He thought it must be the Catallus that kept that chance encounter in his mind.
It had been two years. Two years, and there had been no further word, and if Mycroft Holmes had heard any rumours of interest, he had not passed them along. John Watson was relatively certain that any sane man would have long since given up, but he was clearly not sane, at least in this respect. He had, years ago, compared himself to Penelope waiting for Odysseus; that had quickly become far more apt than he liked to admit. Sherlock Holmes was, in all probability, dead. He would not come home. If Watson had any sense, he would try to get on with his life, stop living in the past, perhaps remarry.
Perhaps not. It was painful to think very hard about marriage again, at this point. He was just grateful that his acquaintances concluded that reluctance on his part was due to his very great love for Mary. A more apt comparison, if one kept to the Greeks, was perhaps Achilles after the death of Patroclus.
As it was, he found himself reading over the headlines in the newspaper, thinking of how much Holmes would have loved this Adair murder, were he here. It had every peculiarity and impossibility that would have attracted his attention. Even a moderately sane man would have left that thought and not followed up on it, but no, Watson had found himself hanging about outside the crime scene, listening to some foolish amateur spout off some utterly ridiculous explanation, and wishing he could have seen inside for himself.
And that had been when he'd realised how pathetic he was being.
But the man he had bumped into as he turned away, that gnarled old book-collector who had snarled and snapped at him as they both stooped to pick up the dropped and scattered books he had been carrying, that stayed in his mind. There was no reason for him to spend any particular thought on it at all. It had been the Catallus, Watson thought, that was the reason for his preoccupation.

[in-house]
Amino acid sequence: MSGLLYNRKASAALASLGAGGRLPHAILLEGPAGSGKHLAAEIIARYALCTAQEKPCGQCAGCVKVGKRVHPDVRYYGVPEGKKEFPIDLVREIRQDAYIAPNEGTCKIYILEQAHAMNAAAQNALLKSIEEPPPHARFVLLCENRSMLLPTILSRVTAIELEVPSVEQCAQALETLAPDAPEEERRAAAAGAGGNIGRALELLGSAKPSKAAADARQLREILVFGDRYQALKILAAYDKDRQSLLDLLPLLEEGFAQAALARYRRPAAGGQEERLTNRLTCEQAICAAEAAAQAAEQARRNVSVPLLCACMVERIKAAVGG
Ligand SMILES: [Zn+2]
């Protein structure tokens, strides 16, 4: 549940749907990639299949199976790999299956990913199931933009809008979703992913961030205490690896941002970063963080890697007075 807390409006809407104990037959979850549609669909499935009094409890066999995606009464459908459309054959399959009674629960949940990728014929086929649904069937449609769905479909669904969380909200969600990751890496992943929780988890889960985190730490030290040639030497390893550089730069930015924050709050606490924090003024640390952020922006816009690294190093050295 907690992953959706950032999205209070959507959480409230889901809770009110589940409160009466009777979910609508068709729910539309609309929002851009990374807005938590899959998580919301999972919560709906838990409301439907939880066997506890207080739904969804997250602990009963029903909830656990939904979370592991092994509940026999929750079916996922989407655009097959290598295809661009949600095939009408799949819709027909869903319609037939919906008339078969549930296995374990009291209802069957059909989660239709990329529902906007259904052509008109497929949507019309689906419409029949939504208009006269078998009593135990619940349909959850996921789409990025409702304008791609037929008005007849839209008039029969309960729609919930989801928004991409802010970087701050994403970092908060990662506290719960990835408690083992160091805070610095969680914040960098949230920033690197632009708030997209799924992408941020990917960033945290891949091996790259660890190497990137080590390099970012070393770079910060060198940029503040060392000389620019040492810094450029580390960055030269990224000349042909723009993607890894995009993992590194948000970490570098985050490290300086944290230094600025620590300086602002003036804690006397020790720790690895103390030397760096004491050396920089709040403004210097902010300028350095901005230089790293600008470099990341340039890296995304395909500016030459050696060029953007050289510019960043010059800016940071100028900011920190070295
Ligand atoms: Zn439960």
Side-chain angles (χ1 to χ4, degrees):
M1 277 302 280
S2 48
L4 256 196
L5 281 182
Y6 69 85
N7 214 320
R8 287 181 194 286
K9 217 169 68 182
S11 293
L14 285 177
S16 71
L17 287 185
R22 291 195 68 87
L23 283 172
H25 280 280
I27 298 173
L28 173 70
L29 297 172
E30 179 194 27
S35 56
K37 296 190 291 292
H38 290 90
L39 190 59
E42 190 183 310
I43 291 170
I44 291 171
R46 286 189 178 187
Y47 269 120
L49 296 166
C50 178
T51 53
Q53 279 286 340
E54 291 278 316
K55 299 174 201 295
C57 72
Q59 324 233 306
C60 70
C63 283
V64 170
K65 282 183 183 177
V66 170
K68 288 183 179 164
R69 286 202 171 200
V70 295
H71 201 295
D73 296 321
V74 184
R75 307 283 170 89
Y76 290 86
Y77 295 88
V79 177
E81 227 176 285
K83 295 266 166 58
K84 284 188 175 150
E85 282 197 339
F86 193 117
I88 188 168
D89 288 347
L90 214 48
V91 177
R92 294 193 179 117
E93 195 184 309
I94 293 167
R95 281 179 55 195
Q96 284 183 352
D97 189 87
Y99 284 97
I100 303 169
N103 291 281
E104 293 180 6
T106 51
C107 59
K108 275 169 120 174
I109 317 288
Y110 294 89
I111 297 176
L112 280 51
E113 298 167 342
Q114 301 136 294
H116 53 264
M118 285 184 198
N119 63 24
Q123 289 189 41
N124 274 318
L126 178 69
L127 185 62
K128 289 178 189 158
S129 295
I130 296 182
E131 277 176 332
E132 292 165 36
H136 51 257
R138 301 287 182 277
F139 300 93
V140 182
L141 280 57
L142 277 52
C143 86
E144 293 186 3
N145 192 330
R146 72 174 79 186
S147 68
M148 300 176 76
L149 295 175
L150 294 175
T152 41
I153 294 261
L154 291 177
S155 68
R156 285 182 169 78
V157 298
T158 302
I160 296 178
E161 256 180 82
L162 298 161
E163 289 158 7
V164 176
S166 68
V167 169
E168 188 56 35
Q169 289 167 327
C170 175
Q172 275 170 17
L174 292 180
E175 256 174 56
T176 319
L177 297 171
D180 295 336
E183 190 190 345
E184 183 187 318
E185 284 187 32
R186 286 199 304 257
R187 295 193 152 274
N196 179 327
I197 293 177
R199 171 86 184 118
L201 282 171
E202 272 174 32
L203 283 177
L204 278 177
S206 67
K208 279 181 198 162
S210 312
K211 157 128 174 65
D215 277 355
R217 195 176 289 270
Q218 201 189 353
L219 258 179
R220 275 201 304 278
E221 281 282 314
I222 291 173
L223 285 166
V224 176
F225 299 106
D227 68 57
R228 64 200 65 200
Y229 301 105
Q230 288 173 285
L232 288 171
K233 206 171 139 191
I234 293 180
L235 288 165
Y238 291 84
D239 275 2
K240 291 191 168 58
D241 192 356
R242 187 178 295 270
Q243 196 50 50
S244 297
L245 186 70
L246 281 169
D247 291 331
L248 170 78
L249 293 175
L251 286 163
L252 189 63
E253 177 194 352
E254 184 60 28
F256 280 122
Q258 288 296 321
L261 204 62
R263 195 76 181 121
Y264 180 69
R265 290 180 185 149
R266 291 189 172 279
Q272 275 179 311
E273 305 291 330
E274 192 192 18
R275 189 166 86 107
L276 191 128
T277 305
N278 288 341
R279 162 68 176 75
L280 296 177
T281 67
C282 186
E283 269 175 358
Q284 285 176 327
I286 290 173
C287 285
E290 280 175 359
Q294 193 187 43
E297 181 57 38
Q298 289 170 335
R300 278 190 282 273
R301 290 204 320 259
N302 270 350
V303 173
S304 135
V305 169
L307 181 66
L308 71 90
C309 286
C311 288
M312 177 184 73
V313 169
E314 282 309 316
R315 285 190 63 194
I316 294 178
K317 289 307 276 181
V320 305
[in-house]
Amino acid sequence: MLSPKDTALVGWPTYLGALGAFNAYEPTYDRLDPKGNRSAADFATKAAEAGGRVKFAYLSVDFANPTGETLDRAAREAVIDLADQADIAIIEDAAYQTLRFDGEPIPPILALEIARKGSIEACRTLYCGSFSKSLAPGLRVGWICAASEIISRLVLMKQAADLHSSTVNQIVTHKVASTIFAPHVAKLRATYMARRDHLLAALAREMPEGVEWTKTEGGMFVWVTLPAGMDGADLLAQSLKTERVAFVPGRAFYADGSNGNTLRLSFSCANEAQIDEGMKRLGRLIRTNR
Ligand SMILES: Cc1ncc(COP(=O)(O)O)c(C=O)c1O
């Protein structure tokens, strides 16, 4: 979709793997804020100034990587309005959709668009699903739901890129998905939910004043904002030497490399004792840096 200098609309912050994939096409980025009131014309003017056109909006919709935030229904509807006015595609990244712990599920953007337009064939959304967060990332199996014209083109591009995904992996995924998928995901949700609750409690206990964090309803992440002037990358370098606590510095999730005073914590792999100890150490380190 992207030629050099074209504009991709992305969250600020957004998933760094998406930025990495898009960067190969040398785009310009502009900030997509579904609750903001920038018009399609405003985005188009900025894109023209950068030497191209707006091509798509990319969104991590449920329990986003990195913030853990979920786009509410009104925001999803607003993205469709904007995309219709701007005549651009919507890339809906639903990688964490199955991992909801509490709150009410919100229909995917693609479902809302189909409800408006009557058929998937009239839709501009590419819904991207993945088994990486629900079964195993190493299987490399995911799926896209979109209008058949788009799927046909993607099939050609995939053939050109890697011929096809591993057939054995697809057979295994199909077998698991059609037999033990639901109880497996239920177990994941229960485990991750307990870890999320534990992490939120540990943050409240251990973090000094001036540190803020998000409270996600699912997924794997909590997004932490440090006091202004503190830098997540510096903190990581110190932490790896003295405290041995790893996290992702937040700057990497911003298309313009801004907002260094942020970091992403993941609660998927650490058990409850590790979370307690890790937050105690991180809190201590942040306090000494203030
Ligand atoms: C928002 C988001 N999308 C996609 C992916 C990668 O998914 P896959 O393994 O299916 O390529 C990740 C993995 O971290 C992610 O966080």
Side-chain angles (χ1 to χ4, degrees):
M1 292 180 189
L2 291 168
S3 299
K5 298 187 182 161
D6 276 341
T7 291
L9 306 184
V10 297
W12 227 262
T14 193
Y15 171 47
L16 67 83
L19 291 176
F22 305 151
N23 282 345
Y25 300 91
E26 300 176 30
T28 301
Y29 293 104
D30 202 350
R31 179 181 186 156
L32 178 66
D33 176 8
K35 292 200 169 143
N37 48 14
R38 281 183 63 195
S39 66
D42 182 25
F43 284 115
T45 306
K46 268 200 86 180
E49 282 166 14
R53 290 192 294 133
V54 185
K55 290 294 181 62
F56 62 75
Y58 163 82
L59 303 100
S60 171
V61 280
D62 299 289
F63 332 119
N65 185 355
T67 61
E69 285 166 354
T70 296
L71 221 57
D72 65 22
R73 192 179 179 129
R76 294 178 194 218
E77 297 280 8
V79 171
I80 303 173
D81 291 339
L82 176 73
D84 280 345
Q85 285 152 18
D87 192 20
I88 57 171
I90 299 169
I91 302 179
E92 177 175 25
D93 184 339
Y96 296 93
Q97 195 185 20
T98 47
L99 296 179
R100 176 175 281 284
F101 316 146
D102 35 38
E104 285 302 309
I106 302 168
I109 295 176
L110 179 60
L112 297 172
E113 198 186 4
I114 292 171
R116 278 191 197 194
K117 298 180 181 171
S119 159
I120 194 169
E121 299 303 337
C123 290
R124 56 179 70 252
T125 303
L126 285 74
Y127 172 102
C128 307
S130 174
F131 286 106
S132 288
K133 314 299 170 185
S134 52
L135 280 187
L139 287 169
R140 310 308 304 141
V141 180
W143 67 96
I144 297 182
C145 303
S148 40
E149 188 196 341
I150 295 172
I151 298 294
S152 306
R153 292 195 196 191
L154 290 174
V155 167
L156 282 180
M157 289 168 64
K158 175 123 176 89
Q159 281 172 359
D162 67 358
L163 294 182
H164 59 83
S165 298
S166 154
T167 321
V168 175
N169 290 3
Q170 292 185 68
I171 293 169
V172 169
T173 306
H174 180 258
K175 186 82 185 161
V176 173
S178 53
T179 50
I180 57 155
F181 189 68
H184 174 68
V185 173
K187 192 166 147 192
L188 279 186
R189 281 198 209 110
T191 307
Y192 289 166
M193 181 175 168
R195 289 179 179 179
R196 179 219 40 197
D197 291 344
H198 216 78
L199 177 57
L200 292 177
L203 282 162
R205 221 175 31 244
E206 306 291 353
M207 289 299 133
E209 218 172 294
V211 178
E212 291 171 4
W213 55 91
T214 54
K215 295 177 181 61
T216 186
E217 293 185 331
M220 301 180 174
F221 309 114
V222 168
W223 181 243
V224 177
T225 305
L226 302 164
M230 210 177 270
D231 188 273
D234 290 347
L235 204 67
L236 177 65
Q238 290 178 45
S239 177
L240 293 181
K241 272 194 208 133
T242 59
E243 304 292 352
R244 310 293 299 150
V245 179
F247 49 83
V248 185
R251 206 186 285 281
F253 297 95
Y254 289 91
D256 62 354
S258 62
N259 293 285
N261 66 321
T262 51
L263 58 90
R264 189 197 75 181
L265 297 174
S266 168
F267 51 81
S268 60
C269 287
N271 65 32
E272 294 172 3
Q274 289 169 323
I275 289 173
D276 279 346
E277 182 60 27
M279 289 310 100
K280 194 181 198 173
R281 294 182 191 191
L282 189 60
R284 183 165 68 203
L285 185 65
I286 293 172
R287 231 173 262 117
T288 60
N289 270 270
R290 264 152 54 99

He knew Catallus, after all. And who in the world could be prepared to face a book of Latin romantic poetry, which was often lewd and often involved two men, dropped nearly on one's feet when not moments before one was musing melancholically on a very similar illegal liason which may or may not still even be relevant?
It was nothing but coincidence, of course, but it shook him just the same.
Trying to forget the entire incident, Watson made his way back to his home, feeling haggard and tired, and for the moment glad that his practice was relatively quiet. As he sank down into the chair in his office, he pressed his hands against his face, telling himself that he felt nothing, because that was easier. He would spent the afternoon there, perhaps doing some writing -- he hadn't decided -- perhaps just trying to clear his mind.
Watson sighed, and reached for his pen, and some foolscap, and began scratch away.